Name at birth: Michael Igor Peschkowsky
Mike Nichols was a celebrated director of Broadway plays and Hollywood movies and was the Oscar-winning director of The Graduate. He arrived in New York in 1939 when he was a kid, his Russian-Jewish family having escaped Adolf Hitler's Germany. While Nichols was a student at the University of Chicago, he joined a group of improvisational actors called the Compass Players, one of whom, Elaine May, became his on-stage partner in 1957. Nichols and May had a comedy act that relied on social satire and improv, and in the four years they were together they were a smashing success on Broadway, radio and television. They had three top-selling comedy albums and won a Grammy in 1961 for An Evening with Mike Nichols and Elaine May. Nichols was the toast of Broadway in the 1960s, directing successful plays such as Barefoot in the Park (1964), The Odd Couple (1965) and Plaza Suite (1968). He had the magic touch in Hollywood as well, directing Who's Afraid of Virginia Woolf (1966, starring Richard Burton and Elizabeth Taylor) and The Graduate (1967, starring Dustin Hoffman) to box office success and heaps of Oscar nominations. Nichols wasn't known for his personal cinematic style as much as for getting along famously with actors. Over years he worked with top stars in films such as Silkwood (1983, starring Meryl Streep), Heartburn (1986, starring Jack Nicholson), Working Girl (1988, starring Sigourney Weaver), Postcards From the Edge (1990, starring Shirley MacLaine), Regarding Henry (1994, starring Harrison Ford) and The Birdcage (1996, starring Robin Williams). On Broadway he won seven Tony awards for directing, and on television Nichols won an Emmy for directing the movie Wit (2001) and the miniseries Angels in America (2003, starring Al Pacino).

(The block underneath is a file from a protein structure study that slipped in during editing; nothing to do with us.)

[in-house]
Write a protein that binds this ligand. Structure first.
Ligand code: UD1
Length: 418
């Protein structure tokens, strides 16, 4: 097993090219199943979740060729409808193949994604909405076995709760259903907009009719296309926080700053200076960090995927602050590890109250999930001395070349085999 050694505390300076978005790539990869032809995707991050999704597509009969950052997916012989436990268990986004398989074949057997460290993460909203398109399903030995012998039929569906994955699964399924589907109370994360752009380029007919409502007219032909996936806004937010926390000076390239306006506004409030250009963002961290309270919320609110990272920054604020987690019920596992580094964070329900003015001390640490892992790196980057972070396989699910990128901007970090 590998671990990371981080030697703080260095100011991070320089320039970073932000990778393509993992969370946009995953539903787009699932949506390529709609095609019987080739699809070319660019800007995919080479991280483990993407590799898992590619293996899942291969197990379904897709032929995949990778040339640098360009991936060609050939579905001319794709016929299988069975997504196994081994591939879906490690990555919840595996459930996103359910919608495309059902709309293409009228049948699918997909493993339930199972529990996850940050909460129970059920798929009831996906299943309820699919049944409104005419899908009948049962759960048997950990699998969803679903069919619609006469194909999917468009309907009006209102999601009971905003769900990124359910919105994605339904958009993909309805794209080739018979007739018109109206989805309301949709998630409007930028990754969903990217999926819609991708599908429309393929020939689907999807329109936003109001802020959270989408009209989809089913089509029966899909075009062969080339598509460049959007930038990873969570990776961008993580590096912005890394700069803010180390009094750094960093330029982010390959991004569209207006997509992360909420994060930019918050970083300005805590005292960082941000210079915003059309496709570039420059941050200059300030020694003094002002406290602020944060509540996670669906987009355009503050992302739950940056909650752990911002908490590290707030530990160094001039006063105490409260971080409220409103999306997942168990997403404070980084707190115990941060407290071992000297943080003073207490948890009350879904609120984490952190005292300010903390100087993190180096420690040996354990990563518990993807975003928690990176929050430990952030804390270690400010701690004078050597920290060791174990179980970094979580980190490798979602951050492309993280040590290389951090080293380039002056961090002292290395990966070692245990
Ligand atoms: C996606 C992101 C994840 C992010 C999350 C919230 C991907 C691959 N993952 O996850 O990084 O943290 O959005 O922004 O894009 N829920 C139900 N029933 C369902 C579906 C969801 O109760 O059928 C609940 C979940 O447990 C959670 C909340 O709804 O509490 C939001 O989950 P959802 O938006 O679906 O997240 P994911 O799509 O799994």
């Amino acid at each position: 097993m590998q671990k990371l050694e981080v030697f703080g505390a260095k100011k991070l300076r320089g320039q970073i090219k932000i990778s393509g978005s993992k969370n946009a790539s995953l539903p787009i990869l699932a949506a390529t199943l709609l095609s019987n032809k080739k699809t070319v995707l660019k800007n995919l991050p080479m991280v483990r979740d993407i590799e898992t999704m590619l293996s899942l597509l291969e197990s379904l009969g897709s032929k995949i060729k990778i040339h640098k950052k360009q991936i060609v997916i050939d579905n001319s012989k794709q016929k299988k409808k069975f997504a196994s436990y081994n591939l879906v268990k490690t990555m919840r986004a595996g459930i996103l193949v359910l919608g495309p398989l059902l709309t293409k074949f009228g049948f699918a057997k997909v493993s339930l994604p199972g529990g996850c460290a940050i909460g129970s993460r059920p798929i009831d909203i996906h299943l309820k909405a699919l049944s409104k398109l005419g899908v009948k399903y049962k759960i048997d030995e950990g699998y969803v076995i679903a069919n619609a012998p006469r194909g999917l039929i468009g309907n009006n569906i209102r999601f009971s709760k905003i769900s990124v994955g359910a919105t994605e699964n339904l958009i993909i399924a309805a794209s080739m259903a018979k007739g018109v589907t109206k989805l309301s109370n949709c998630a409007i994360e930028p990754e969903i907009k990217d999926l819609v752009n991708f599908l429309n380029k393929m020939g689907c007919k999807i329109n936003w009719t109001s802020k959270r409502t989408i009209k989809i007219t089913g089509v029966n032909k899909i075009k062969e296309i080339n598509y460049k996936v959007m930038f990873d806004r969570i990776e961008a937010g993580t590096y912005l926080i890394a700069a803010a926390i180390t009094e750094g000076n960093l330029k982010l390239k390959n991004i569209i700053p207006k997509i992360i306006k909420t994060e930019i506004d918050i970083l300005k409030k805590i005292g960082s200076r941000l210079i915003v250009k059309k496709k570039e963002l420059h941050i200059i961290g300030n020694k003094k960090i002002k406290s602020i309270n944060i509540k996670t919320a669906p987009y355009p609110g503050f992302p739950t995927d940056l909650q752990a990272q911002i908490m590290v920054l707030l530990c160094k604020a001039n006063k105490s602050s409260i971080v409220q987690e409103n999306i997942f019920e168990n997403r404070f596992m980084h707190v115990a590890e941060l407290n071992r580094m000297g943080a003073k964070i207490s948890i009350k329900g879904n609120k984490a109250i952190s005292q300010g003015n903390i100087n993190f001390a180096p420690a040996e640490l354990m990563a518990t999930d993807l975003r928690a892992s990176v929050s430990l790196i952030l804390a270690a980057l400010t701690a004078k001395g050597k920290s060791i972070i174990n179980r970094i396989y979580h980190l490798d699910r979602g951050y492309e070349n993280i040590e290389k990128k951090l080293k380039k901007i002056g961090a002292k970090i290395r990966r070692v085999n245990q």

Mike Nichols married Diane Sawyer, his fourth wife, in 1988.